Calcium Channel Blockers Not Best for Hypertension

Calcium channel blockers, popular drugs used to lower high blood pressure, are not as effective as other treatments, researchers said today.

Two reviews of studies assessing blood pressure drugs, published in The Lancet medical journal, showed people treated with calcium channel blockers (CCBs) were more likely to suffer a heart attack or other complications.

“In an analysis of more than 27,000 patients with high blood pressure, we found that those treated with CCBs had a 26 percent higher risk of heart attack and a 25 percent higher risk of heart failure than those treated with other drugs,” said Professor Marco Pahor.

Better Than Nothing

CCBs were more effective than no treatment, but the risk of all heart problems — heart attacks, stroke, heart failure and death from heart disease — was 10 percent higher in patients treated with CCBs.

“These results show that CCBs are less effective than the standard drugs used to treat high blood pressure,” Pahor, of Wake Forest University Baptist Medical Center in North Carolina, added.

CCBs, which are also known as calcium antagonists, work by inhibiting the passage of calcium, an important element for muscle contraction, into cells of the heart and muscle fibers of blood vessels.

The researchers compared the effects of CCBs to diuretics or water pills, and beta-blockers and ACE (angiotension converting enzyme) inhibitors.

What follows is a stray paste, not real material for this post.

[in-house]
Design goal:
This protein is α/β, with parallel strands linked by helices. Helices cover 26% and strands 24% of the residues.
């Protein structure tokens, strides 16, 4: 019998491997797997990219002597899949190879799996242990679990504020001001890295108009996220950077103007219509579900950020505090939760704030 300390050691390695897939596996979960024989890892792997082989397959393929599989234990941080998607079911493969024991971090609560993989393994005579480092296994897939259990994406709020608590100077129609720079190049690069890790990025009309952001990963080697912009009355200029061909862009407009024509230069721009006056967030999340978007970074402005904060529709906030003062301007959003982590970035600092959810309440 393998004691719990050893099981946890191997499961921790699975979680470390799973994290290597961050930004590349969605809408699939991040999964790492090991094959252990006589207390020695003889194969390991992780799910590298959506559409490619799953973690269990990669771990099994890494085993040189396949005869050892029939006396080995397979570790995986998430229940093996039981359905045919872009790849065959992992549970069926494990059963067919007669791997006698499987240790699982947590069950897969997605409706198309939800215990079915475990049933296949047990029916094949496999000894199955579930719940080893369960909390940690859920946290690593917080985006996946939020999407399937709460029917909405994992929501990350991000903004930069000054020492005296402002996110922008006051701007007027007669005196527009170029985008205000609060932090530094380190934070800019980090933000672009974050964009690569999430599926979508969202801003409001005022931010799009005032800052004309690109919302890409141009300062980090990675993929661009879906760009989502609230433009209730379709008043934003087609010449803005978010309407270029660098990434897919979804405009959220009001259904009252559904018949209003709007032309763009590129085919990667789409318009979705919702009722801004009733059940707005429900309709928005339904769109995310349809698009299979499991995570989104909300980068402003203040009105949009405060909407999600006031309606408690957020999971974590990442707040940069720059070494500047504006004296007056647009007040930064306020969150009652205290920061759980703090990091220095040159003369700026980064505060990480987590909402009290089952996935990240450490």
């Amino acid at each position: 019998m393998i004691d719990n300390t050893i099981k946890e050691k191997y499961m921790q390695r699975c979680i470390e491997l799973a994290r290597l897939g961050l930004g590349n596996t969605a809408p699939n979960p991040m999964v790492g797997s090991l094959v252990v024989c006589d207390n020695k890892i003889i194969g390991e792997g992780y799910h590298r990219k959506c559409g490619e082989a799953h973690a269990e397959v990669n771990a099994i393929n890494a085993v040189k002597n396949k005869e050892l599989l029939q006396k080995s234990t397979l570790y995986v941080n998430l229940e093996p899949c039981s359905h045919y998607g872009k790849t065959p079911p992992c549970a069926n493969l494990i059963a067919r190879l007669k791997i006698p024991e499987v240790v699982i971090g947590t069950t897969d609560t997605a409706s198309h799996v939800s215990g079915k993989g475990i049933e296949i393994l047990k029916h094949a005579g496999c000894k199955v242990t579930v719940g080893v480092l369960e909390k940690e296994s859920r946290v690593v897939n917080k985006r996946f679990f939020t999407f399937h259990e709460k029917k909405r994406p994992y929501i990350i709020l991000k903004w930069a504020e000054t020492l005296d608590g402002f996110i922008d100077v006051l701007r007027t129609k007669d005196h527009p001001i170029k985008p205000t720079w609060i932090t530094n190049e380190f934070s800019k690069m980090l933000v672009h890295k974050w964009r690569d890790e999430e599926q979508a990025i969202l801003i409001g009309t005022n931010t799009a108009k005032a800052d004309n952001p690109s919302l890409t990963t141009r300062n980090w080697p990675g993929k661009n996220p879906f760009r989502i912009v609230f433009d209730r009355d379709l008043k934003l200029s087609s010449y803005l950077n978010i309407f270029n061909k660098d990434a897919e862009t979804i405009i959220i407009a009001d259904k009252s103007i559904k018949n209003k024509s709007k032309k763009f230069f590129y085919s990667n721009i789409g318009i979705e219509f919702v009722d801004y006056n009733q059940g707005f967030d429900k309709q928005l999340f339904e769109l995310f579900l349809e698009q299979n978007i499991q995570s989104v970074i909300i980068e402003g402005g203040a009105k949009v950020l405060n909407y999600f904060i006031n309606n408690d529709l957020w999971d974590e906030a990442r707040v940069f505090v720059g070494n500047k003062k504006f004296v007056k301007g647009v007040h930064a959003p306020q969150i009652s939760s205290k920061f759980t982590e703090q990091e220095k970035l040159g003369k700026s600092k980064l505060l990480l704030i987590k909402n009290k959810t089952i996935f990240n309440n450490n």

The review of nine studies showed CCBs were just as good as the other treatment in lowering blood pressure but not as effective in preventing complications such as heart attacks and heart failure.

Limited Use of CCBs

“These data reinforce the view that use of CCBs should be limited to patients who do not tolerate, or who have failed on diuretics, beta blockers or ACE inhibitors,” said Dr William Applegate, a co-author of the study.

The findings were supported by another overview by researchers in Australia. It showed CCBs decreased the risk of stroke but did not significantly reduce cases of heart disease, heart failure and deaths.

In a commentary in The Lancet, Jiang He and Paul Whelton of Tulane University in New Orleans said the overviews show CCBs should be used selectively.

“The findings indicate the need for caution in recommending calcium antagonists as initial antihypertensive [low-blood pressure] drug therapy in populations at risk of coronary heart disease and heart failure,” they said.

“It might be wise to use calcium antagonists as initial antihypertensive drugs for patients at high risk of stroke and at low risk of coronary heart disease,” they added.